Articles citing this Article
Articles by Masuda, Y.
Articles by Fushiki, T.
Upregulation of uncoupling proteins by oral administration of capsiate, a nonpungent capsaicin analog
Yoriko Masuda,1 Satoshi Haramizu,1 Kasumi Oki,1 Koichiro Ohnuki,1 Tatsuo Watanabe,2 Susumu Yazawa,3 Teruo Kawada,1 Shu-ichi Hashizume,4 and Tohru Fushiki1
1Laboratory of Nutrition Chemistry, Division of Food Science and Biotechnology, and 3Laboratory of Vegetable and Ornamental Horticulture, Division of Agriculture, Graduate School of Agriculture, Kyoto University, Kyoto 606-8502; 2School of Food and Nutritional Sciences, University of Shizuoka, Shizuoka 422-8526; and 4Research Institute, Morinaga and Company, Limited, Yokohama 230-8504, Japan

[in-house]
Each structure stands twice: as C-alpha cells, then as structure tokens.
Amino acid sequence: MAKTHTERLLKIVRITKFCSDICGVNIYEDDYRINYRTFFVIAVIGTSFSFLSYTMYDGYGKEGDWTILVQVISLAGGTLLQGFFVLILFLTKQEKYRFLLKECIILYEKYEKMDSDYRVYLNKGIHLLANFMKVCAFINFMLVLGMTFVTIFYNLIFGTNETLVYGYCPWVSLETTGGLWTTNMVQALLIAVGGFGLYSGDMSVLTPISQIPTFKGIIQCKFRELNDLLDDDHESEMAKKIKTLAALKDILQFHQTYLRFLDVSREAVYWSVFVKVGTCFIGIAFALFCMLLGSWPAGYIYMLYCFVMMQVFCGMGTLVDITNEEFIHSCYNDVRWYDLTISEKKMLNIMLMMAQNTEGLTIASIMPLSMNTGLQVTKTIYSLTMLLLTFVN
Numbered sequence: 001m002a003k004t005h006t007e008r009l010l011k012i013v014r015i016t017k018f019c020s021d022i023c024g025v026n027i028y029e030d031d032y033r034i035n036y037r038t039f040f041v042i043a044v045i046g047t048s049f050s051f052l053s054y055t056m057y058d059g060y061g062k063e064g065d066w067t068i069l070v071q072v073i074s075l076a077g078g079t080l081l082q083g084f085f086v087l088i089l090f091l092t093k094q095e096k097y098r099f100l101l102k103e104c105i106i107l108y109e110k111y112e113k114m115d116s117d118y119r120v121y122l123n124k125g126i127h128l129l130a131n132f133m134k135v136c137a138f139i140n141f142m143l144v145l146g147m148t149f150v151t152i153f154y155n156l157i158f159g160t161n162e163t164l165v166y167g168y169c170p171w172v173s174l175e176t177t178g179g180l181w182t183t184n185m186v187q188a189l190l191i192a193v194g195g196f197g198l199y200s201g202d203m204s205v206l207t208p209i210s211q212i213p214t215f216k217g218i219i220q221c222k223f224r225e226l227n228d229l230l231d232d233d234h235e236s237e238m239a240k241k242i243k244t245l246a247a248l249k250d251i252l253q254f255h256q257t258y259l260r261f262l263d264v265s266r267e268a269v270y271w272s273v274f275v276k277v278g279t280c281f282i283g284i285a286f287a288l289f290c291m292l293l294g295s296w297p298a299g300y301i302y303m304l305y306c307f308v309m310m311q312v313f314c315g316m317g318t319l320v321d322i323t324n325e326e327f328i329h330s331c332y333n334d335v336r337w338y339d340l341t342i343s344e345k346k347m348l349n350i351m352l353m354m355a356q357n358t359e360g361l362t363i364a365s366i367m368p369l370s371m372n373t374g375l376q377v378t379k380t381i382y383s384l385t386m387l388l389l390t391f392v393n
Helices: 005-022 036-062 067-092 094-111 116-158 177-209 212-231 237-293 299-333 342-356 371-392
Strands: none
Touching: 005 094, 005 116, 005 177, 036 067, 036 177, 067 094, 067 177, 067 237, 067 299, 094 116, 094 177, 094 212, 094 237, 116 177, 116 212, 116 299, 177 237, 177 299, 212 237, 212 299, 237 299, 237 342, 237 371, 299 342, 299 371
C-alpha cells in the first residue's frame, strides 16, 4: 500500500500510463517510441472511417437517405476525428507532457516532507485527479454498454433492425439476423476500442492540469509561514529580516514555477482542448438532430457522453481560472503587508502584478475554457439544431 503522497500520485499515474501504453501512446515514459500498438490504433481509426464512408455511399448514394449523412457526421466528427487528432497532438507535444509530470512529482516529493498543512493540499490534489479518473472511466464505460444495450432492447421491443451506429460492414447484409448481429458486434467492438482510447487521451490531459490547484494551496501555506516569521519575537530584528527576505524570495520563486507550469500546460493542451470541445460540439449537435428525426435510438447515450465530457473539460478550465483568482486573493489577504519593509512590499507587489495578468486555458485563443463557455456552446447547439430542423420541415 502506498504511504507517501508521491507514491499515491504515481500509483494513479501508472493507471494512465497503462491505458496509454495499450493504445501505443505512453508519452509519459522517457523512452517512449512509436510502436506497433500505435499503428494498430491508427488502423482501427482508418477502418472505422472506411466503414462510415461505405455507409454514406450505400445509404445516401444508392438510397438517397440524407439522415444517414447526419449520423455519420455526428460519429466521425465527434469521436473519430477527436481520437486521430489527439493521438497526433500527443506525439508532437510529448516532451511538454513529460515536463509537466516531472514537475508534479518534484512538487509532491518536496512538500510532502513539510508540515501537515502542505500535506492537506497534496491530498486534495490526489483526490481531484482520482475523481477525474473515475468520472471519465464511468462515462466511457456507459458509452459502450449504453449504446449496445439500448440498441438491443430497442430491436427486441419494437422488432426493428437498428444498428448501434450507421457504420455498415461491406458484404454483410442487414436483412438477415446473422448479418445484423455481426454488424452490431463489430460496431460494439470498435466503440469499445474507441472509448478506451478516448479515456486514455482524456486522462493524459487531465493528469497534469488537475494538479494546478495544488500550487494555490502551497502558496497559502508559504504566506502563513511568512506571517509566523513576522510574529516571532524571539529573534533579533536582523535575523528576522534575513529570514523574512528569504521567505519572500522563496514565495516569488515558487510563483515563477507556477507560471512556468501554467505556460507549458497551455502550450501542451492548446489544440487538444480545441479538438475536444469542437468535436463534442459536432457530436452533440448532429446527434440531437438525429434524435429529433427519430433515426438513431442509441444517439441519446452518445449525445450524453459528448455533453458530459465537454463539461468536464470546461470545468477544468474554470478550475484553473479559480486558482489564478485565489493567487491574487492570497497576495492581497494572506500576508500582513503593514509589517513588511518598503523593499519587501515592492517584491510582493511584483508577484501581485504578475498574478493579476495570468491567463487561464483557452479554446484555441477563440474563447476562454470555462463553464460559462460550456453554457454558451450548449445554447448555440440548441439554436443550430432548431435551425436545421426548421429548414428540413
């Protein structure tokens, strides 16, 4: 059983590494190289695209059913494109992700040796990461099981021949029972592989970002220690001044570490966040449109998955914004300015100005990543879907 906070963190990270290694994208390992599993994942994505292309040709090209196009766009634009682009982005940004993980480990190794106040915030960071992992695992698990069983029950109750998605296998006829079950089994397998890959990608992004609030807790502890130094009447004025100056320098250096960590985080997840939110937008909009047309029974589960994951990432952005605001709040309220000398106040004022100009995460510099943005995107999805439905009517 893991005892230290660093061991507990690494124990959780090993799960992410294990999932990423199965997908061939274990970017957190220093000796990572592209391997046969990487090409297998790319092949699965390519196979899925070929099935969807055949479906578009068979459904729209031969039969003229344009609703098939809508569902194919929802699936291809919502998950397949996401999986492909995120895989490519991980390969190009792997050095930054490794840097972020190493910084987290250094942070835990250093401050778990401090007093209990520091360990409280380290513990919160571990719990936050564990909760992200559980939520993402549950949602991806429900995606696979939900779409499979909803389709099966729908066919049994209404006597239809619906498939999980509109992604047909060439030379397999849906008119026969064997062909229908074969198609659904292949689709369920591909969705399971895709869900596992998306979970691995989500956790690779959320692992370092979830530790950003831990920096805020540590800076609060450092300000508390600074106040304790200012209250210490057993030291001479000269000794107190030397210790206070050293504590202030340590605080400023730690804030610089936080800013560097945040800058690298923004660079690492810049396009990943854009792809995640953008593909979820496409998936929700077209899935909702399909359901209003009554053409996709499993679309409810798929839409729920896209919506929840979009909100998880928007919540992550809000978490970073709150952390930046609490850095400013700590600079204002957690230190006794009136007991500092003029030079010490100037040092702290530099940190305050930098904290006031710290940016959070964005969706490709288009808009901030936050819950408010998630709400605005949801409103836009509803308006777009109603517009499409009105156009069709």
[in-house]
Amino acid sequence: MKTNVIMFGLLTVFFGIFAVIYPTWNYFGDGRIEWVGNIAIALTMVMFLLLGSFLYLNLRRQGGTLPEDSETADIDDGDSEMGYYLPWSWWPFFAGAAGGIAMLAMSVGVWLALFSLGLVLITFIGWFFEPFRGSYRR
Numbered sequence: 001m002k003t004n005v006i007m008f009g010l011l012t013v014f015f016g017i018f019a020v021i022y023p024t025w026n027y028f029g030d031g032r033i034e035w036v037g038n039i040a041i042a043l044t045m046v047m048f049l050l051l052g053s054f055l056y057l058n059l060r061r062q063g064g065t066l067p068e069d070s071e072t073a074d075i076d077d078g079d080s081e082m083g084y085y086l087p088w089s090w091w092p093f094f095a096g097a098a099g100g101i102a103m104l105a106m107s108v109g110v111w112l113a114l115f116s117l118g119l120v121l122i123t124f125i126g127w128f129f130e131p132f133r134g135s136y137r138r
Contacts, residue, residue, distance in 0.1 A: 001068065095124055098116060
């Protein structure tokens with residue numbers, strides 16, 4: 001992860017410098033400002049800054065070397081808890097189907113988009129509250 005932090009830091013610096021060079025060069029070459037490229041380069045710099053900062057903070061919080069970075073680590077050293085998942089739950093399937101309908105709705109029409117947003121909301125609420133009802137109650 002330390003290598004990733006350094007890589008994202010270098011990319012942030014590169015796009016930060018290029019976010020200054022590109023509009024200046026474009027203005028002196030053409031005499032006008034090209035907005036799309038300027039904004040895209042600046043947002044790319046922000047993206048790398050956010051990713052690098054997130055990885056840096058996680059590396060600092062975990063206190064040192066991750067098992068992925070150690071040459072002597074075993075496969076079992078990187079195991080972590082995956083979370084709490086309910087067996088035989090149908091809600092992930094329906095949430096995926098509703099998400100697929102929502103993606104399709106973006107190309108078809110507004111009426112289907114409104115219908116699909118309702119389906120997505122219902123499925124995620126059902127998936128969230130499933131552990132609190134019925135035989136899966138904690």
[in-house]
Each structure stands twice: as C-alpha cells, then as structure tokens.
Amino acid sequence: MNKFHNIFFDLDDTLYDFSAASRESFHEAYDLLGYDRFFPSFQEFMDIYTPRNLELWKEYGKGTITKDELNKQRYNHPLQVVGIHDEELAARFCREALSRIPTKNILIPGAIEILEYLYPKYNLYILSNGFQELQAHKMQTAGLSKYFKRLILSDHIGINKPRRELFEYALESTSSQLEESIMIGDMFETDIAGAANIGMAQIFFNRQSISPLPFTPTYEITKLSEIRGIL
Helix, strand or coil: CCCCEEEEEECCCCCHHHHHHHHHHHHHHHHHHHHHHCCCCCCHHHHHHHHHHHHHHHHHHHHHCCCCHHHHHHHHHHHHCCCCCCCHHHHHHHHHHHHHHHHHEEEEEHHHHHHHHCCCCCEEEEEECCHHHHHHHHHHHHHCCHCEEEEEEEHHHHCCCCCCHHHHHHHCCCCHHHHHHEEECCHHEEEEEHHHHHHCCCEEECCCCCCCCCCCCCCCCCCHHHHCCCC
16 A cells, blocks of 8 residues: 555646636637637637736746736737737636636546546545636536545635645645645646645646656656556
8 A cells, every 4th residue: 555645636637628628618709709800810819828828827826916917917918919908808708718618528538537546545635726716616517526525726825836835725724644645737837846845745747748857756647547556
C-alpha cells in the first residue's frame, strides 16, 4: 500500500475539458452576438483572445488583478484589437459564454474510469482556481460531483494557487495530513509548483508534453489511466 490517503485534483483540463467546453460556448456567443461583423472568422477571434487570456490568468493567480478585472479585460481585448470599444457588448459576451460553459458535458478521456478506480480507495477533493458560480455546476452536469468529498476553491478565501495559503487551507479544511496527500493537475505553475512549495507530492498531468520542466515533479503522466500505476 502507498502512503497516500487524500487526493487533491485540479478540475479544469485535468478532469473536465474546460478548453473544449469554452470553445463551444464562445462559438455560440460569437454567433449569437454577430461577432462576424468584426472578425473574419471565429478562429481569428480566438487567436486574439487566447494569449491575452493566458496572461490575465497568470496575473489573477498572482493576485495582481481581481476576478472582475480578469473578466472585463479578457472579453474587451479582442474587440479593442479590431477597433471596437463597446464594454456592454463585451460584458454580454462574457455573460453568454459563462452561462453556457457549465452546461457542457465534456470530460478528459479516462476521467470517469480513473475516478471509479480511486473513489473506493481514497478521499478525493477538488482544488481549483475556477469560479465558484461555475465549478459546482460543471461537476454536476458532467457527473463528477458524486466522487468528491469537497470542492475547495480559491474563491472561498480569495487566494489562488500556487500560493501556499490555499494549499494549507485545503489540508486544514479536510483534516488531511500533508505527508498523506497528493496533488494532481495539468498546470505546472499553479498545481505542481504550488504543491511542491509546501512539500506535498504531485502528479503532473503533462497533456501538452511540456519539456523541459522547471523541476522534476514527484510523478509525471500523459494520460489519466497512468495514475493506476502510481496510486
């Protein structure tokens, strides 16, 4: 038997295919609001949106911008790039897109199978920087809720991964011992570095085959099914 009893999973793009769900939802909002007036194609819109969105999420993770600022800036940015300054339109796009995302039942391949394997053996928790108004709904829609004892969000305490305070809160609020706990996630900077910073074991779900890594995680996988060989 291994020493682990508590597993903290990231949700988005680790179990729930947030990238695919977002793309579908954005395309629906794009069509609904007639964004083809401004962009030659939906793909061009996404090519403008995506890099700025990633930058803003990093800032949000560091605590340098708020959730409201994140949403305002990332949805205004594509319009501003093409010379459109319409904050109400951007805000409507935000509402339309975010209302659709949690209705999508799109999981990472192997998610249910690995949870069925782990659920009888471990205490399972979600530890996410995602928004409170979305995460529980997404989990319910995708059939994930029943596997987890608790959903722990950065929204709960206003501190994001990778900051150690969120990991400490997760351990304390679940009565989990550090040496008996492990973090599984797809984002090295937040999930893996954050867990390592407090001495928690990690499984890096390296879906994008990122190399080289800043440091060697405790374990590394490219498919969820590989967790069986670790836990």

Submitted 11 September 2002 ; accepted in final form 14 August 2003
MATERIALS AND METHODS
Capsiate is a nonpungent capsaicin analog, a recently identified principle of the nonpungent red pepper cultivar CH-19 Sweet. In the present study, we report that 2-wk treatment of capsiate increased metabolic rate and promoted fat oxidation at rest, suggesting that capsiate may prevent obesity. To explain these effects, at least in part, we examined uncoupling proteins (UCPs) and thyroid hormones. UCPs and thyroid hormones play important roles in energy expenditure, the maintenance of body weight, and thermoregulation. Two-week treatment of capsiate increased the levels of UCP1 protein and mRNA in brown adipose tissue and UCP2 mRNA in white adipose tissue. This dose of capsiate did not change serum triiodothyronine or thyroxine levels. A single dose of capsiate temporarily raised both UCP1 mRNA in brown adipose tissue and UCP3 mRNA in skeletal muscle. These results suggest that UCP1 and UCP2 may contribute to the promotion of energy metabolism by capsiate, but that thyroid hormones do not.
oxygen consumption; body fat; energy expenditure; CH-19 Sweet; thermogenesis---itabenice if one of our board sponcers could sell sweet bell pepper extract